13 October 2023


At the third event organised by the European Logistics Platform (ELP) this year, over 60 EU policymakers and industry stakeholders convened to discuss the CountEmissionsEU proposal as proposed by the European Commission and how measuring emissions support companies in making better informed freight transport decisions.

Caroline Nagtegaal, Member of the European Parliament, Renew Europe Group, opened the event with an introduction expressing her support for harmonising emissions calculation methodologies to ensure the reliability and accuracy of GHG emissions data. She noted that today already many companies are seeking to assume greater responsibility for the environmental sustainability of their supply chains and measure their emissions with existing tools.  While Ms Nagtegaal was positive about the proposal for a harmonised framework, she also addressed some points of concern, noting that the proposal should ensure that new European rules do not duplicate existing ones, and align with recently adopted regulations, such as CO2 standards for HDVs, the Renewable Energy Directive. Ms Nagtegaal also noted that it was important to take the position of SME’s into account as they are already faced with competitive challenges and bureaucracy.

Szymon Oscislowski, Deputy Head of Unit, DG MOVE, European Commission introduced the CountEmissionsEU proposal and the motivation of the European Commission to launch a methodology which does not impose mandatory reporting. He explained that companies that choose to calculate emissions must adhere to the European methodology to ensure comparability of results. Referring to the Commission’s impact assessment he noted that enhancing transparency for transport companies can lead to better decision-making, ultimately contributing to cost and emission reductions. The CountEmissionsEU proposal ensures alignment with the ISO 14083 standard, which allows allow for comparability at international level.

Noelle Fröhlich, Senior Expert Clean Operations, DHL Group introduced the decarbonization measures and targets of DHL Group noting that customer demand for high-quality emissions data is on the rise. DHL Group welcomes the CountEmissionsEU proposal, in particular the alignment with the international ISO 14083 standard, use of both primary and secondary data, and the voluntary opt-in. Ms Fröhlich addressed some questions and recommendations going forward referring to the need to incentivize companies to disclose high quality data and to provide clear and user-friendly guidance, especially for SMEs whilst limiting administrative barriers, e.g. for verification and accreditation with national conformity assessment bodies. Ms Fröhlich further referred to the need at EU level for digital data collection and exchange.

Rolf Willkrans, Director of Environmental Affairs, Volvo Group welcomed the proposal as it provides a methodology for ensuring comparability of output data of GHG emissions.  He agreed with other speakers that the creation of a default database would be crucial for SMEs. Mr Willkrans further called for an additional information about zero-emission transport which can be used for procurement criteria, customer information etc. As such the instrument could also be used to drive the transition to zero-emission trucks.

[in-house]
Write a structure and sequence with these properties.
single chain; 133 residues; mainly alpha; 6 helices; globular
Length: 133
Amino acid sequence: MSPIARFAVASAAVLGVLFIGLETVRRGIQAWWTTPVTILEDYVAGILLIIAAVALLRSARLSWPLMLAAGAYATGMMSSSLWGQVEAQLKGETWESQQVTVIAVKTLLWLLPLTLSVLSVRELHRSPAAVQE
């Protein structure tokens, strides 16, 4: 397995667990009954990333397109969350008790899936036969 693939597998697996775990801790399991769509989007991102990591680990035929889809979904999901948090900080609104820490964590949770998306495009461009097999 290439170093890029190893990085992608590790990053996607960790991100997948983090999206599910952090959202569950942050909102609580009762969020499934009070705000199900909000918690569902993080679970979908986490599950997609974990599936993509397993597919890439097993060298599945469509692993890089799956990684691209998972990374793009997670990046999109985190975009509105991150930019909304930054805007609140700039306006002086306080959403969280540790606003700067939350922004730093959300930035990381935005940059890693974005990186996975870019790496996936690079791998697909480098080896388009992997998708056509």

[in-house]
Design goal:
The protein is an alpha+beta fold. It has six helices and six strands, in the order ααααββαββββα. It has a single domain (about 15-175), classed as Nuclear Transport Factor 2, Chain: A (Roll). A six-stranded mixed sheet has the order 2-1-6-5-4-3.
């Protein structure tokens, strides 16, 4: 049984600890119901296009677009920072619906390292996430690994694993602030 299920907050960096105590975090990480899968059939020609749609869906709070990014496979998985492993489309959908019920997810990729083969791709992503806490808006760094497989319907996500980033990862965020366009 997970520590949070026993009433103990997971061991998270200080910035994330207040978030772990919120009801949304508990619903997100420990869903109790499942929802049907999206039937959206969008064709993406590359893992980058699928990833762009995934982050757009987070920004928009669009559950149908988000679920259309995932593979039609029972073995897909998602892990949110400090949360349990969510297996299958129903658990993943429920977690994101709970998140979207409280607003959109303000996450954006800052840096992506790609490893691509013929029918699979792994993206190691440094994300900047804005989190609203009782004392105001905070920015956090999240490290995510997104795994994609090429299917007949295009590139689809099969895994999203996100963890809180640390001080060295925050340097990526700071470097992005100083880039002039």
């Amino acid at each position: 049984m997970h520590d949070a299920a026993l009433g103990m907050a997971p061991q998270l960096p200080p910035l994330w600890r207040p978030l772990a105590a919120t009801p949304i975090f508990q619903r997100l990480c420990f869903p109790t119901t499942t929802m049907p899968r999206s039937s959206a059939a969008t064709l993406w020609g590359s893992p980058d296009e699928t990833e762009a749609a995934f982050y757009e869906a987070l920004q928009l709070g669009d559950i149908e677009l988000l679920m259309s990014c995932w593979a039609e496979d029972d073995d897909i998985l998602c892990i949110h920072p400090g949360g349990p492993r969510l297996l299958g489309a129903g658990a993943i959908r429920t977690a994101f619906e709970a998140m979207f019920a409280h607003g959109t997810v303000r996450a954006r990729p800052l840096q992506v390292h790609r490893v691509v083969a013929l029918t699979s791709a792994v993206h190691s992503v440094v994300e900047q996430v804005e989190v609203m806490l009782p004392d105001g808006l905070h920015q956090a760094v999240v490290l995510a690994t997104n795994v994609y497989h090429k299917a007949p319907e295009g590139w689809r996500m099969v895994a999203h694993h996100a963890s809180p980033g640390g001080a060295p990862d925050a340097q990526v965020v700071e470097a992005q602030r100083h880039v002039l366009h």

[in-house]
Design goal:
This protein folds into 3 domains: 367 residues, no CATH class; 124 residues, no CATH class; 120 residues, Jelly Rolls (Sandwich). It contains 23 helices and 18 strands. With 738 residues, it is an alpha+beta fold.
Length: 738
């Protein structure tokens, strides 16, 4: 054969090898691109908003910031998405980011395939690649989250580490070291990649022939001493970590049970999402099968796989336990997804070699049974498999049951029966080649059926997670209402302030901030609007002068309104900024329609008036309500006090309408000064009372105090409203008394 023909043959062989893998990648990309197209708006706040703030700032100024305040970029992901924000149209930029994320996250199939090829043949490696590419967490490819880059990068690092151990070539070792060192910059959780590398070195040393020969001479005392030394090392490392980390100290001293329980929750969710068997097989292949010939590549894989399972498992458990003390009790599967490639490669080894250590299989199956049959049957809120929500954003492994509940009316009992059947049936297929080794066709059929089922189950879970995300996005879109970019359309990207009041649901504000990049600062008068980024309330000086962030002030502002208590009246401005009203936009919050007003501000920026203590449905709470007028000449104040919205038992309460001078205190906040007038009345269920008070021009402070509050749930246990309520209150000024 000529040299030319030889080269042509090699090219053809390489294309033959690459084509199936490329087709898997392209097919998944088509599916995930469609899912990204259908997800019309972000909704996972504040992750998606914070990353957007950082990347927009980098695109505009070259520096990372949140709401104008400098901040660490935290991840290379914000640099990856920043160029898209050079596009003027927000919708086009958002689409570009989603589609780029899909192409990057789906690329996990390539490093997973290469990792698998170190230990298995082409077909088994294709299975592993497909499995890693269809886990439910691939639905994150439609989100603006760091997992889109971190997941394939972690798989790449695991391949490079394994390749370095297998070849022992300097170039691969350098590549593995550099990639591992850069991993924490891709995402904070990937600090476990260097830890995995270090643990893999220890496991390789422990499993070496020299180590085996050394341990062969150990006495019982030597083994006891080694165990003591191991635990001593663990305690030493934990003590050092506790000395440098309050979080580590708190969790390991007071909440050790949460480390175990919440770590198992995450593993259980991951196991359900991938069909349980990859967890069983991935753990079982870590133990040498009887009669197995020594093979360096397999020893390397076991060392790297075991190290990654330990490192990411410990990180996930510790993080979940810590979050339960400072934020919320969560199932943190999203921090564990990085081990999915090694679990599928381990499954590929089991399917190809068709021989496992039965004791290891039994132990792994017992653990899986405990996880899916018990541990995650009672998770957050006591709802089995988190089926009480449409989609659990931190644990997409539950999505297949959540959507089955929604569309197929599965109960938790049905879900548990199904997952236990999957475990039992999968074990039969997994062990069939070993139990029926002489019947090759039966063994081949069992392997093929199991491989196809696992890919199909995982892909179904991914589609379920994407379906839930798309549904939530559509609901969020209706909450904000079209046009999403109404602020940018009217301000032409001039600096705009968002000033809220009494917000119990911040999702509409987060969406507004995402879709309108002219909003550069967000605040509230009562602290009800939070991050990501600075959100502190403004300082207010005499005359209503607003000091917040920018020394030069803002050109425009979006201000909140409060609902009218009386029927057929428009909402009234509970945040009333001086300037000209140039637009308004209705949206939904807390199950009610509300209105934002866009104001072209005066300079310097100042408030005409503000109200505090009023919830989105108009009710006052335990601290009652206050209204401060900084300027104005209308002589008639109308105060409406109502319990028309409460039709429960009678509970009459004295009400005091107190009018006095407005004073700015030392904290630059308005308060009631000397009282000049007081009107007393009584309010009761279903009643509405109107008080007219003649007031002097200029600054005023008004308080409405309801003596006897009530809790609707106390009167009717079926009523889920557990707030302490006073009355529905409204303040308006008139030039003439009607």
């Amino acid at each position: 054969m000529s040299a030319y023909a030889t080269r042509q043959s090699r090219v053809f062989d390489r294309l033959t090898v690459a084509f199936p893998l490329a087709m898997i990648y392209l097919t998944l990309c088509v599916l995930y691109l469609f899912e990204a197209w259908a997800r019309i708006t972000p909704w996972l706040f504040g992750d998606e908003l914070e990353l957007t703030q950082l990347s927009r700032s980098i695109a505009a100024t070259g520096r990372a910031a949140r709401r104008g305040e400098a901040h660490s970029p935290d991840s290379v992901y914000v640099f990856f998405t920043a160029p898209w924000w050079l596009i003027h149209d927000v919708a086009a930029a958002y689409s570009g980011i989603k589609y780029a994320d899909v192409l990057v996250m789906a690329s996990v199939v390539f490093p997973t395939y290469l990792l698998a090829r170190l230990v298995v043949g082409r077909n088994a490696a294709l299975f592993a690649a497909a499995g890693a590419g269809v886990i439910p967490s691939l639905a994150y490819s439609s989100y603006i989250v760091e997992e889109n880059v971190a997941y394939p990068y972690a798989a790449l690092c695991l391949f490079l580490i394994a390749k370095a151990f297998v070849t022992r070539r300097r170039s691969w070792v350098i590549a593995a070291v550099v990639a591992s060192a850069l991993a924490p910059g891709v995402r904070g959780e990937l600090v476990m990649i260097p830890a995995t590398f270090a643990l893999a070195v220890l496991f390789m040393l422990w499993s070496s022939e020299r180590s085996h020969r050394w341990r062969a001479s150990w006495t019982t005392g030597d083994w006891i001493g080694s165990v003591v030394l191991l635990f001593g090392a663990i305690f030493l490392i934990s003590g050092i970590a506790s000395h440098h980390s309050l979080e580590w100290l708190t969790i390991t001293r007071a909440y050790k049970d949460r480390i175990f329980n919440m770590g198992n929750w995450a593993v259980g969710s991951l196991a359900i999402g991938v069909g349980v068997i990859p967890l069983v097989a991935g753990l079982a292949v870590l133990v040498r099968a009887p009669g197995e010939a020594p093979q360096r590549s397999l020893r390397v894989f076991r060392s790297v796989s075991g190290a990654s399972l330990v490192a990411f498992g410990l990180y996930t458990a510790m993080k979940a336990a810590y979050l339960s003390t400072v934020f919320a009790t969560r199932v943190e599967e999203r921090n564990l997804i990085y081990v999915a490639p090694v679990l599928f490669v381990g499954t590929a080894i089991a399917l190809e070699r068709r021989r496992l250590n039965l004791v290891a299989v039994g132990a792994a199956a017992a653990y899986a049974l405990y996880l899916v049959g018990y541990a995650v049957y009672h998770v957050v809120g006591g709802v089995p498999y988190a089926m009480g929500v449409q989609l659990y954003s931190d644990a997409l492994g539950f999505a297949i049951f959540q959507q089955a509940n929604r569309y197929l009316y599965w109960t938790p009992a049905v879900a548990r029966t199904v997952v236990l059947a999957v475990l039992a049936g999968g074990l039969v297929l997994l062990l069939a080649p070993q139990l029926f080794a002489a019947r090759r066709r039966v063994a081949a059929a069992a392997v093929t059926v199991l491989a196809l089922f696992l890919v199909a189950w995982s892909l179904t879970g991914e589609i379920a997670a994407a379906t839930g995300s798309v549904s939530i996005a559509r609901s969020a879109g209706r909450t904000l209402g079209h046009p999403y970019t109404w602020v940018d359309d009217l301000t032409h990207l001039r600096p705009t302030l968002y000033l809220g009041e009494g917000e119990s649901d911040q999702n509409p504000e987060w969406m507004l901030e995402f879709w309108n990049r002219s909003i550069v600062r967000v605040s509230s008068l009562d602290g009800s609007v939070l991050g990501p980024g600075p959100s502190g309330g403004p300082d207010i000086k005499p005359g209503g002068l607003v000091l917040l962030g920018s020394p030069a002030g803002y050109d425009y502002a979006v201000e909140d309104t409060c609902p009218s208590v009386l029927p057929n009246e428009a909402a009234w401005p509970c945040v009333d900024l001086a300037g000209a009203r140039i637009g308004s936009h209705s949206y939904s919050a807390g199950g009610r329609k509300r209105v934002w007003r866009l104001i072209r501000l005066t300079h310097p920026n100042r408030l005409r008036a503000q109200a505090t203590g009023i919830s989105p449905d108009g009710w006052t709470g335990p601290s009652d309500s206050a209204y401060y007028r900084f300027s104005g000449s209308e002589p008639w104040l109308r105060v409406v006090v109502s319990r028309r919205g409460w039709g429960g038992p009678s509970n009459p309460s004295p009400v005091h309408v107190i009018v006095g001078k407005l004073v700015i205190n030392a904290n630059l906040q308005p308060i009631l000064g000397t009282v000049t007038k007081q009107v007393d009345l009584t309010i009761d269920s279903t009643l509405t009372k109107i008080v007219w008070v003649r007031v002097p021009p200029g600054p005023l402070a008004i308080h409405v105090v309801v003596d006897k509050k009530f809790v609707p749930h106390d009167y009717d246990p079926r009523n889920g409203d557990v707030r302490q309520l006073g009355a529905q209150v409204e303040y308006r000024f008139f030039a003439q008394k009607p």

Andreea Serbu, Senior Manager External Affairs, of the Association of European vehicle logistics presented an ECG project initiated in 2020 to standardise emissions and reporting calculations within the automotive supply chain.  ECG launched the project in view of the lack of clarity in emissions reporting for transporting vehicles. To address these challenges, the ISO 14083 standard was tailored to meet the specific needs of the automotive sector. Officially launched in February 2023, the project involved car manufacturers, logistics providers, suppliers to the automotive industry, and external partner organisations such as the Smart Freight Centre. The project has yielded several significant outcomes, including a clear delineation of responsibilities, a harmonised approach to emissions reporting, and the development of standardised reporting formats for customers. As a result, the overall project has contributed to a more equitable and consistent approach to emissions reporting within the sector.

Raluca Marian, EU Advocacy Director of the International Road Transport Union (IRU) presented a number of good practices already in use by the road freight industry, such as the Objectif CO2 in France and the Fair Transport scheme in Sweden. She argued that in her view the CountEmissionEU proposal cannot be considered voluntary as SMEs working with larger companies, are as of January 2024 obliged to share emission data of their supply chains in their sustainability report in line with the Corporate Social Responsibility Directive (CSRD). Additionally, she raised concerns about potential issues arising if larger companies used primary data for their calculations while subcontractors use secondary data and how these different datasets can be effectively combined.

ELP Chairwoman, Nicolette van der Jagt, Director General of CLECAT, closed the event, thanking all speakers and participants for their participation and announcing that the ELP would be soon back with an event on Combined Transport taking place on the 8th November in the European Parliament.


The European Logistics Platform consists of more than twenty industry stakeholders representing a wide variety of actors involved in logistics and supply chains across Europe. Current members are ACEA, BDL, CER, CLECAT, Deutsche Bahn, DHL Group, duisport, ECG, ERFA, ESC, ESPO, FEPORT, FERRMED, Hutchison Whampoa, IRU, Logistics UK, Michelin, NLA, Port of Rotterdam, TLN, UIRR, Volvo Group.